How can the control point in this centralized water system be shifted for the informal settlements to become independent of these interstitial infrastructures, liberating themselves from the metropolis below? Subjected to rainfall for seven months annually and located on a highly contoured terrain, can these settlements find local termini to capture alternative water sources?

The proposal aims to provide water supply to the informal settlements through two distinct networks that operate independently but complement each other while staying sensitive to the topological conditions. Firstly, it introduces a new tangent in the Cutzamala system with a modest aqueduct that follows the contour logic of gravitation and provides potable water through branched water mains to households in all informal settlements on the south-western foothills, without any expense on pumps. The pipelines within this network remain on the ground to provide better maintenance possibilities and avoid leakages, thus being prudent. Secondly, the proposal aims to capture rainwater on a communal scale through a new public spine that becomes a water collection device intersecting all houses, while providing structure and collectivity to the informality of these settlements. The two strategies tie up to channel a parallel route for water that follows the laws of gravity and provides alternative water supply systems as a prototypical self-built solution for all informal settlements on the foothills. The proposed water infrastructure becomes the ground for artificial topography for the informal settlements that remain undefined and lack collective interventions such as pavements and public squares to introduce buffering moments of infrastructure by creating privileged and scenographic spaces within its network for communal gatherings. These buffering basins provide water for consumption to a hierarchy of shared facilities such as Lavoirs for laundry, drinking water fountains, bathhouses, and shared kitchens supplied with treated rainwater, while the Cutzamala continues to feed individual households. The notion of water distribution through the communal public spine integrates with the terrain's morphology providing significant interstitial spaces in its urban design before feeding the objects, thus, resolving water shortage within the informal settlements and mitigating the previously faced fragility of the distribution network.

Contribution by Nishi Shah

Pipe Dream

Close-system water cycle in the self-built neighborhood

Pipe Dream, a closed-loop water cycle system, aims to lower the dependency on the municipal water supply by proposing the insertion of self-built water infrastructure into the existing fabric of Magdalena Contreras. The informal settlements in Mexico City are built in the conservation area and therefore, households in these neighbourhoods lack water supply infrastructure. The residents of Magdalena Contreras rely on water supply from municipal water trucks that fail to fulfil their daily water consumption. Moreover, the inconsistency in the schedule of these water trucks suppresses water consumption for the residents compared to any average neighbourhood in Mexico City. As a result, the residents of these neighbourhoods actively practice water recycling strategies by reusing water from dishwashers to clean the house, or by reusing shower water in a toilet flush while awaiting the next water delivery to fill up their tinacos.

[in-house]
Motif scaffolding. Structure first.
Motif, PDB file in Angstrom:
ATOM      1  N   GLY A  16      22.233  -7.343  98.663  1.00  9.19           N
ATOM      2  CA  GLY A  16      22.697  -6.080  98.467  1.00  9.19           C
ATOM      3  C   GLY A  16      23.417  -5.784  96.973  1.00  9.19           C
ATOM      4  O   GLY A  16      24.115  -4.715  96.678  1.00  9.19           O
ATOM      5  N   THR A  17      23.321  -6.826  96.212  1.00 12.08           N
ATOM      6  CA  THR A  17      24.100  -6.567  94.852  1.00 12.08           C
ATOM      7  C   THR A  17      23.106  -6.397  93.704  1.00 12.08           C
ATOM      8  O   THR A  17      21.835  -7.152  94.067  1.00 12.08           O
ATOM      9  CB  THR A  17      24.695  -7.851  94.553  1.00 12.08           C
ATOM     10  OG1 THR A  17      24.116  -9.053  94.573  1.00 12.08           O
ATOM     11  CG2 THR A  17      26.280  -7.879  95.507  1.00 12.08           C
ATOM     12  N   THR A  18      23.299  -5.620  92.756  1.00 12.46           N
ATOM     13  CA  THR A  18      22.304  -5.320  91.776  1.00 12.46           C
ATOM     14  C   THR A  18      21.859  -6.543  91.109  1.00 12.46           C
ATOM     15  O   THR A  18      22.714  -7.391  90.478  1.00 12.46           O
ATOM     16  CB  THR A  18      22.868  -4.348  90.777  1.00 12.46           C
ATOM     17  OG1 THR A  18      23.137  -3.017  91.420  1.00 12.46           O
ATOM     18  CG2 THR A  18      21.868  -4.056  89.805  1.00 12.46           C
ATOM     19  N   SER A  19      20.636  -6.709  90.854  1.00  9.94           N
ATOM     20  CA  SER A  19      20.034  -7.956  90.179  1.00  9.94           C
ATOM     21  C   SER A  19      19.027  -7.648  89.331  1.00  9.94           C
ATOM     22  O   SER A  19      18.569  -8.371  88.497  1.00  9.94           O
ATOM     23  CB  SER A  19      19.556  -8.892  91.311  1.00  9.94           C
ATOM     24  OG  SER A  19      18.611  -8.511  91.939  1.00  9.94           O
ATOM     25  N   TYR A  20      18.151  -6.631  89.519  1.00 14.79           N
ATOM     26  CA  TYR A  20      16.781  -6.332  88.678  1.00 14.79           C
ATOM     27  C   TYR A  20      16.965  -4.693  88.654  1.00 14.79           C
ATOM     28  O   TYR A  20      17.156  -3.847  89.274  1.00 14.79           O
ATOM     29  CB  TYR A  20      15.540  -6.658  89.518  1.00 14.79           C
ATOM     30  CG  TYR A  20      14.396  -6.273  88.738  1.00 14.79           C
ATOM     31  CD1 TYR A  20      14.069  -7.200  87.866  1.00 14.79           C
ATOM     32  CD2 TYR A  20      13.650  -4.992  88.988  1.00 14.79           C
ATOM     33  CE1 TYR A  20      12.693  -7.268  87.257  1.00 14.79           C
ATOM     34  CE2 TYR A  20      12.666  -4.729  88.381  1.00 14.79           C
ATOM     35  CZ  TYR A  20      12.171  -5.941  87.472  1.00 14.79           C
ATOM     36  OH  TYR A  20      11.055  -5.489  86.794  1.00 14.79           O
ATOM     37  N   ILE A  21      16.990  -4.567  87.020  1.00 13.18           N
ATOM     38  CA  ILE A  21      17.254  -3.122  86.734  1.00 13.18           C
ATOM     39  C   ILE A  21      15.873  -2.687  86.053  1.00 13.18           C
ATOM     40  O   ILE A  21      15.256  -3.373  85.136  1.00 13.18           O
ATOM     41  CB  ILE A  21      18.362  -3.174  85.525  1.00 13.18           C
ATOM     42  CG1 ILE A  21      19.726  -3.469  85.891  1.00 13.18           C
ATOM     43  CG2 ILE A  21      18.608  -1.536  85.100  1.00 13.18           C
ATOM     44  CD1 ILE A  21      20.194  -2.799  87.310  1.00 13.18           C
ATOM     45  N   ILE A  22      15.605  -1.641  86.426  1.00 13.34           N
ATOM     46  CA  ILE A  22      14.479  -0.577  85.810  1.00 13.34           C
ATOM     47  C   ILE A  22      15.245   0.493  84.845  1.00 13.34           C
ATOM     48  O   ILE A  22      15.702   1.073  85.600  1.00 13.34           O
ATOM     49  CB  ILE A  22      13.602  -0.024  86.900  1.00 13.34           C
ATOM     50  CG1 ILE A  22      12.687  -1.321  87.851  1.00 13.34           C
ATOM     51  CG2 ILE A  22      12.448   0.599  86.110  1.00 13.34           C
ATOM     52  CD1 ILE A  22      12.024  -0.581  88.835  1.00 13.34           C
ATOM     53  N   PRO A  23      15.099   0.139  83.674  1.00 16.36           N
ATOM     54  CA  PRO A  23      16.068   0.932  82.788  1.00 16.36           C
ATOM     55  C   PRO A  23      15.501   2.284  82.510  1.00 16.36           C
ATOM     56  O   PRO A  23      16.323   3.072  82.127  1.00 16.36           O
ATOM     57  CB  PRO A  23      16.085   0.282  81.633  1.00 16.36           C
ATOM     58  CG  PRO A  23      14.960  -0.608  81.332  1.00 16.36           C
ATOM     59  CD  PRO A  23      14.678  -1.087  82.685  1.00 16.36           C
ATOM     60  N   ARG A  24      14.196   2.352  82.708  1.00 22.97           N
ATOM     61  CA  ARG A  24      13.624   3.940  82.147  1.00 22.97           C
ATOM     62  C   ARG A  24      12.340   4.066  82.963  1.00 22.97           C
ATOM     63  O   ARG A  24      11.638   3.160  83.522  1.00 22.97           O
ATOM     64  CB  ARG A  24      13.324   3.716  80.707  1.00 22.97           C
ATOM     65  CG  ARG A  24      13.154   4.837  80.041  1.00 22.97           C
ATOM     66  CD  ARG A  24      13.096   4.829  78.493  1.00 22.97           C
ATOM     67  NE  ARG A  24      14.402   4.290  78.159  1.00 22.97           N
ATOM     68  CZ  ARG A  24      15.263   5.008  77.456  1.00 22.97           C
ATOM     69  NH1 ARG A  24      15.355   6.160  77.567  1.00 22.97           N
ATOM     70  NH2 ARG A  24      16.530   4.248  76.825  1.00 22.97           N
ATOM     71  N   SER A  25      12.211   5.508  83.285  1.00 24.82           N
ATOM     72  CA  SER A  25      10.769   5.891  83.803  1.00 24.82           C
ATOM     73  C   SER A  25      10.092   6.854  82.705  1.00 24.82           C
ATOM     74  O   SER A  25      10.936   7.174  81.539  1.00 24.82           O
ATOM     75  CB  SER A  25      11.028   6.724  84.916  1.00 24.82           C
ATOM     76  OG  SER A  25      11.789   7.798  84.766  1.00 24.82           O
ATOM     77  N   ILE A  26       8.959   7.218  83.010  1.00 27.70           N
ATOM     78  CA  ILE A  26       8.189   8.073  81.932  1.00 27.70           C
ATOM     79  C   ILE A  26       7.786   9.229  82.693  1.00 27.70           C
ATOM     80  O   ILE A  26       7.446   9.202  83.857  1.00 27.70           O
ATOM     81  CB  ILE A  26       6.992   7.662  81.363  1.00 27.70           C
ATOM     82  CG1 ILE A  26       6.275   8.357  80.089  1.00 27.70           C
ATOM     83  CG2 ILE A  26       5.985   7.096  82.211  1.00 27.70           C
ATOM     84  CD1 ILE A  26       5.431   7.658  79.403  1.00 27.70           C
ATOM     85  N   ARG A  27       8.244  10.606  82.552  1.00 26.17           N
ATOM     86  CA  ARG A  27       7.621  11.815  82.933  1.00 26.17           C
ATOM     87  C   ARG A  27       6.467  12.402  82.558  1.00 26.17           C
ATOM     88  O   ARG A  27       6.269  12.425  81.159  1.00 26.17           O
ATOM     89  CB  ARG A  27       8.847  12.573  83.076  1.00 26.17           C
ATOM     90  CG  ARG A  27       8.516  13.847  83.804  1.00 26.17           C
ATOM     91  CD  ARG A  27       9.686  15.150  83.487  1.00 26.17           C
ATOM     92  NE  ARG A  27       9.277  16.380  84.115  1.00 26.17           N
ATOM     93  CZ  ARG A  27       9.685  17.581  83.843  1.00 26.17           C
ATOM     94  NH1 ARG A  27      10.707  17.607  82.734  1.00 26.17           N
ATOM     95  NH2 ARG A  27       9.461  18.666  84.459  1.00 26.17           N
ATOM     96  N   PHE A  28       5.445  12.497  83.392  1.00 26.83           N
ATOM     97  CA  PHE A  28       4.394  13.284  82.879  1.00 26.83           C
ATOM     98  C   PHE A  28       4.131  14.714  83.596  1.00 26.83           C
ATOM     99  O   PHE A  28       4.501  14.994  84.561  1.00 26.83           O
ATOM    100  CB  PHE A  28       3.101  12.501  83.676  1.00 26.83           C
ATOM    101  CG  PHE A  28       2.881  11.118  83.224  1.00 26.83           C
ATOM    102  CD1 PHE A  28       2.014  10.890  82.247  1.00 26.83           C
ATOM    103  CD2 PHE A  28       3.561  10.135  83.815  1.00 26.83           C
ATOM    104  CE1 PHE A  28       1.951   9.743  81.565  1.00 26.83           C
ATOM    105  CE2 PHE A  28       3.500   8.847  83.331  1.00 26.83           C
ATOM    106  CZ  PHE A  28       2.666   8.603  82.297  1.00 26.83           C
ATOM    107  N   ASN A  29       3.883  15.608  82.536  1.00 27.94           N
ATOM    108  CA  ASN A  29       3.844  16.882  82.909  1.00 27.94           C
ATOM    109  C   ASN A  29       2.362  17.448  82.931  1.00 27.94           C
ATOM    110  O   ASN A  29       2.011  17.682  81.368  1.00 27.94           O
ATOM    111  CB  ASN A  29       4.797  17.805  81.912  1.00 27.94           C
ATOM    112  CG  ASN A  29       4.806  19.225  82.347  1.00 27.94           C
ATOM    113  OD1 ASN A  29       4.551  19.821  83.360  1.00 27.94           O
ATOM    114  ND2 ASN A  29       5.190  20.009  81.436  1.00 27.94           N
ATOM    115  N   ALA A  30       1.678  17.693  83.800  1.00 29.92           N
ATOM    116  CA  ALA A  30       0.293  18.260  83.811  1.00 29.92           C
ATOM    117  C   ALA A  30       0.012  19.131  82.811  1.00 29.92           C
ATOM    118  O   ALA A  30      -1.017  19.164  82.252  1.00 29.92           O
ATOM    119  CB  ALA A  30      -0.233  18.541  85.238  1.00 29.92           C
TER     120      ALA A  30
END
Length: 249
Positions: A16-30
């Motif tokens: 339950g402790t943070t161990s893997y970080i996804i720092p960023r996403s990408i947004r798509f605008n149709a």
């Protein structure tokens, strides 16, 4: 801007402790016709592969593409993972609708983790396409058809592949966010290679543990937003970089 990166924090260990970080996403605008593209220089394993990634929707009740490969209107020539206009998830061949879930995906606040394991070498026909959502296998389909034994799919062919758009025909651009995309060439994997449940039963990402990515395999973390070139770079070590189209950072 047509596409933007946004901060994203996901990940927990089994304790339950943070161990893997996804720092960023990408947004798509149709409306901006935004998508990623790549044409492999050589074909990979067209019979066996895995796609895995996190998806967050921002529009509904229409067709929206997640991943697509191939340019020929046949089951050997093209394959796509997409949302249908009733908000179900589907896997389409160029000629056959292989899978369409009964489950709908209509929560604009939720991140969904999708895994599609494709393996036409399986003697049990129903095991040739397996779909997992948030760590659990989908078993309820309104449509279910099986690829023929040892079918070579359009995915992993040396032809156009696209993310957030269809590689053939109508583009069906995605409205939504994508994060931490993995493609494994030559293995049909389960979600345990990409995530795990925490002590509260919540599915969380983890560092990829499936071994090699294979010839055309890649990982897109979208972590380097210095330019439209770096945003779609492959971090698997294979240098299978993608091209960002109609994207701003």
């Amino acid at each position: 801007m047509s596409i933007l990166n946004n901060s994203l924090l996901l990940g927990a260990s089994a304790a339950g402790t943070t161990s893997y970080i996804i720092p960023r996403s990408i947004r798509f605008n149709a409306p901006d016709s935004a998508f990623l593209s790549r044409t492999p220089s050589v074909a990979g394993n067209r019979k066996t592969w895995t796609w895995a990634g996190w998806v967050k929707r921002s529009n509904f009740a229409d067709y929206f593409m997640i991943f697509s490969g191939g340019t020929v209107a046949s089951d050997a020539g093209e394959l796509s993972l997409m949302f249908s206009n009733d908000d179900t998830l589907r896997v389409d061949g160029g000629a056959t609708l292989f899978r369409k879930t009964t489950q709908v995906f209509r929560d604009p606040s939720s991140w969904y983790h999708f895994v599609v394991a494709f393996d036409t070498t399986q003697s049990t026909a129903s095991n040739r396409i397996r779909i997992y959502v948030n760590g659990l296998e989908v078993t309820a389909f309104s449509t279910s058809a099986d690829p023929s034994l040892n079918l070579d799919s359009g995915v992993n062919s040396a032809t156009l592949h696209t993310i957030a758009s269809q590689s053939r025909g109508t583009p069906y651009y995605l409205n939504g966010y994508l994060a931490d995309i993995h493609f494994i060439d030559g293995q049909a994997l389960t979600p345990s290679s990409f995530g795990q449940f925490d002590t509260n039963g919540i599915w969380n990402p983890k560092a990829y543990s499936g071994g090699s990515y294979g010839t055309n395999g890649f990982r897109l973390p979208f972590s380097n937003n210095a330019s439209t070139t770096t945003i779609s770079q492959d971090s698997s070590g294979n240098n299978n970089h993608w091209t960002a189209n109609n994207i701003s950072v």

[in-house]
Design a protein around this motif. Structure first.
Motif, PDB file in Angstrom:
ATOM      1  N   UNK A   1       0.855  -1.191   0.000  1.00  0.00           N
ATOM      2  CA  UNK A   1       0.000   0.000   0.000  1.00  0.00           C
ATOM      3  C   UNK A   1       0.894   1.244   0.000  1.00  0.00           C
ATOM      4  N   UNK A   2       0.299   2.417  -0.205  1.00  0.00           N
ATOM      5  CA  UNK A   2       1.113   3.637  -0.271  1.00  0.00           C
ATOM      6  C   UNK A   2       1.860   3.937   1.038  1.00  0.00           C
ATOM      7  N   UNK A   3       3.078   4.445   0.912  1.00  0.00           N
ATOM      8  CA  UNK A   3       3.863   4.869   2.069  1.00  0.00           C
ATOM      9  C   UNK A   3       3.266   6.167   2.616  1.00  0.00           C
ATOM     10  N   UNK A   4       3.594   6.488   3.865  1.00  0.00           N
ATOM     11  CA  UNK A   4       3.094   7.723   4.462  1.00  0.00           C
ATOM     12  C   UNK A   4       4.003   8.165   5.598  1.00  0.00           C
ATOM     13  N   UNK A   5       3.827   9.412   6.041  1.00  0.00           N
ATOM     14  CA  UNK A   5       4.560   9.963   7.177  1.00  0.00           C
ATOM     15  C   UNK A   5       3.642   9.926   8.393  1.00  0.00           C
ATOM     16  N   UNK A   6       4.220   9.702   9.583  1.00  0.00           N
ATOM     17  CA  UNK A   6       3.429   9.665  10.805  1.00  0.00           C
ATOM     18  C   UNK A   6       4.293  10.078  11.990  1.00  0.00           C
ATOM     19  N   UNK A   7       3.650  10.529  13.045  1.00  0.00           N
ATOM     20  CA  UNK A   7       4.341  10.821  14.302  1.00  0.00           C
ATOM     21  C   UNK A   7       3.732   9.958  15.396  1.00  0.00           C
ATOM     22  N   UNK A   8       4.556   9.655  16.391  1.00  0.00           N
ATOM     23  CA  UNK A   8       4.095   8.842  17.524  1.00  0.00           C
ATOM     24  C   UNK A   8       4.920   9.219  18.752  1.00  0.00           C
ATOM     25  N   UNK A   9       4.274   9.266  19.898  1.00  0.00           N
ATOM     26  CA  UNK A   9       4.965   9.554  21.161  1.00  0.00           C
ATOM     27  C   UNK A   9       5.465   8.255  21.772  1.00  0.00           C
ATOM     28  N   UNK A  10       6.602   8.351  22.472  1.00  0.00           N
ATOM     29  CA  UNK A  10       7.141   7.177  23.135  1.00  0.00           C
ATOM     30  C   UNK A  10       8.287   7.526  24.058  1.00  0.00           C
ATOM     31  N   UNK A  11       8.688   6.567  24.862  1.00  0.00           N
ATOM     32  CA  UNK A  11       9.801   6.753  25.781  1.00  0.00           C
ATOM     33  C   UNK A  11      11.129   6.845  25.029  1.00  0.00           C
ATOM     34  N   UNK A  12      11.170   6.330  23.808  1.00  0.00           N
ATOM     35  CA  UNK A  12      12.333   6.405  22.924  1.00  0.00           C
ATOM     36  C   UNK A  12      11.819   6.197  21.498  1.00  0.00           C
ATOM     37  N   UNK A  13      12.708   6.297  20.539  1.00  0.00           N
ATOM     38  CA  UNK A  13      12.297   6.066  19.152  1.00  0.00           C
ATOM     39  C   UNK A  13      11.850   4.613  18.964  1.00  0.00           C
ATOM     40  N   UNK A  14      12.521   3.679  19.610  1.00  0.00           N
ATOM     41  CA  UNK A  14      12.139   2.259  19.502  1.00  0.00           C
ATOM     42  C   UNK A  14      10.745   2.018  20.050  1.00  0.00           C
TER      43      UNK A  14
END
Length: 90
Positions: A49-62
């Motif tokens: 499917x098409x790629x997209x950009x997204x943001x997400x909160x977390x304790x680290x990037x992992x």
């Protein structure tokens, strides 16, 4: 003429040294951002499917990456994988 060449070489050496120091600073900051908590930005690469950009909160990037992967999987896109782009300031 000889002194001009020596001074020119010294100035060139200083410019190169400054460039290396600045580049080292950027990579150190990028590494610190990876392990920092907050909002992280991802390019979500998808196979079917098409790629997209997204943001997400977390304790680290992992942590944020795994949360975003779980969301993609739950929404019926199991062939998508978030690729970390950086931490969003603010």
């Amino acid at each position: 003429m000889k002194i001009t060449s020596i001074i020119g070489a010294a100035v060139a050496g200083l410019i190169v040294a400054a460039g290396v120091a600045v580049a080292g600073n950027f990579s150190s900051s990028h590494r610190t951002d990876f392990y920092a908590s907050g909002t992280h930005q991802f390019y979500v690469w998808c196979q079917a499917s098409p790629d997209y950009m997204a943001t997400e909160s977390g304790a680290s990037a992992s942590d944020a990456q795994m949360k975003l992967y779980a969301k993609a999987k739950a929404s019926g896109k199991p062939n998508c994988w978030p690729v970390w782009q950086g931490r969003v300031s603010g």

The proposed self-built water infrastructure integrates the water recycling process on a larger scale to maintain water circulation within the settlement, thus creating a closed-loop water cycle system for water supply and consumption on a neighbourhood level. The topographic conditions of these informal settlements on the foothills are suitably natural platforms to distribute water from higher to lower elevations. The system feeds a cluster of 50-100 households by first collecting greywater from each house, transferring it into an artificial wetland that treats the water through a biochar filtration system, and finally allowing the neighbourhood to reuse greywater as a source of clean water supply through direct connection with existing plumbing facilities and the tinacos. Untreated greywater and rainwater are collected in a grey water tank before being delivered to an artificial wetland through the water pipes, while black water is collected from the septic tank in each household or sent to the neighbourhood septic tank where the solid waste is finally collected by a municipal waste truck and the liquid waste is delivered to the artificial wetland for further processing.

Through this process, greywater collected from the higher elevations is filtered into clean water for reuse in the lower elevations. Greywater from the lowest level is pumped back to the water facilities at the top of the hill to close the cycle. The water treatment facilities at the highest elevations supply excess water from the system to recharge the groundwater in the conservation area with a porous landscape. The proposal of a closed-loop water cycle system provides relevance to water both as input and output for the metabolism of the neighbourhoods. The proposed system of new water infrastructure consisting of a central septic tank collector, artificial wetlands, grey water tank, biochar filtration tank, and the clean water tank is deliberately designed on steep streets without car accessibility, in turn following the logic of gravity. Above-ground water pipes and infrastructural interventions thus become a new object in the self-built environment of these informal settlements.

Contribution by Ryan Ridge Rahardja